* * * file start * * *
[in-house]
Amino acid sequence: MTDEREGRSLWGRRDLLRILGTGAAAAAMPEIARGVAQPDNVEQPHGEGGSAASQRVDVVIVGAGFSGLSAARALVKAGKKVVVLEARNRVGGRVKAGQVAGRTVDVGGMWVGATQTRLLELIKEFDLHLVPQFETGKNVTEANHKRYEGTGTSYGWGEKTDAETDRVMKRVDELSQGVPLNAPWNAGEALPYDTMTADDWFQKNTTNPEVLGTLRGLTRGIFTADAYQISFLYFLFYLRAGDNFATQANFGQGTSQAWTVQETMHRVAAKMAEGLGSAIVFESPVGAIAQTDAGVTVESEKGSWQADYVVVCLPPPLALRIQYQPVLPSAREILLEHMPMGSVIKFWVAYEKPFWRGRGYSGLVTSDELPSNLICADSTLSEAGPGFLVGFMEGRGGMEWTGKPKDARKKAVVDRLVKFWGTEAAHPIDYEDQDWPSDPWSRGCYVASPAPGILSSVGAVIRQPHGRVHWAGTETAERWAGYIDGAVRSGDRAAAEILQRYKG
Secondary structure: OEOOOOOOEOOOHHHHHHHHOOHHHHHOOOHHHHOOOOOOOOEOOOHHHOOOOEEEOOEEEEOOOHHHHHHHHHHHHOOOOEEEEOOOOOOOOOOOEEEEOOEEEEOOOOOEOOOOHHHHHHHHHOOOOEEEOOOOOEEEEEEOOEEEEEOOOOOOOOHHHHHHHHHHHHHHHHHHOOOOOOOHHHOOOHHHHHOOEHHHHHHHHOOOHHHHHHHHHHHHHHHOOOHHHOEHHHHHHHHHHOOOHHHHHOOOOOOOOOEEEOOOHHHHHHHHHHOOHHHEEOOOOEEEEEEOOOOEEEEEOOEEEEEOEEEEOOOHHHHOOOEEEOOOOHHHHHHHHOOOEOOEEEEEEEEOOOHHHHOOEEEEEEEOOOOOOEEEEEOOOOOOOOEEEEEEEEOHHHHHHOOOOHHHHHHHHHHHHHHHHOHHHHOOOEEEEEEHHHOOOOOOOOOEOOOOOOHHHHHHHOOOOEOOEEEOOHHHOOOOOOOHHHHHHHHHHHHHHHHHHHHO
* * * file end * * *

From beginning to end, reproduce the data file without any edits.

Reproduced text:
[in-house]
Amino acid sequence: MTDEREGRSLWGRRDLLRILGTGAAAAAMPEIARGVAQPDNVEQPHGEGGSAASQRVDVVIVGAGFSGLSAARALVKAGKKVVVLEARNRVGGRVKAGQVAGRTVDVGGMWVGATQTRLLELIKEFDLHLVPQFETGKNVTEANHKRYEGTGTSYGWGEKTDAETDRVMKRVDELSQGVPLNAPWNAGEALPYDTMTADDWFQKNTTNPEVLGTLRGLTRGIFTADAYQISFLYFLFYLRAGDNFATQANFGQGTSQAWTVQETMHRVAAKMAEGLGSAIVFESPVGAIAQTDAGVTVESEKGSWQADYVVVCLPPPLALRIQYQPVLPSAREILLEHMPMGSVIKFWVAYEKPFWRGRGYSGLVTSDELPSNLICADSTLSEAGPGFLVGFMEGRGGMEWTGKPKDARKKAVVDRLVKFWGTEAAHPIDYEDQDWPSDPWSRGCYVASPAPGILSSVGAVIRQPHGRVHWAGTETAERWAGYIDGAVRSGDRAAAEILQRYKG
Secondary structure: OEOOOOOOEOOOHHHHHHHHOOHHHHHOOOHHHHOOOOOOOOEOOOHHHOOOOEEEOOEEEEOOOHHHHHHHHHHHHOOOOEEEEOOOOOOOOOOOEEEEOOEEEEOOOOOEOOOOHHHHHHHHHOOOOEEEOOOOOEEEEEEOOEEEEEOOOOOOOOHHHHHHHHHHHHHHHHHHOOOOOOOHHHOOOHHHHHOOEHHHHHHHHOOOHHHHHHHHHHHHHHHOOOHHHOEHHHHHHHHHHOOOHHHHHOOOOOOOOOEEEOOOHHHHHHHHHHOOHHHEEOOOOEEEEEEOOOOEEEEEOOEEEEEOEEEEOOOHHHHOOOEEEOOOOHHHHHHHHOOOEOOEEEEEEEEOOOHHHHOOEEEEEEEOOOOOOEEEEEOOOOOOOOEEEEEEEEOHHHHHHOOOOHHHHHHHHHHHHHHHHOHHHHOOOEEEEEEHHHOOOOOOOOOEOOOOOOHHHHHHHOOOOEOOEEEOOHHHOOOOOOOHHHHHHHHHHHHHHHHHHHHO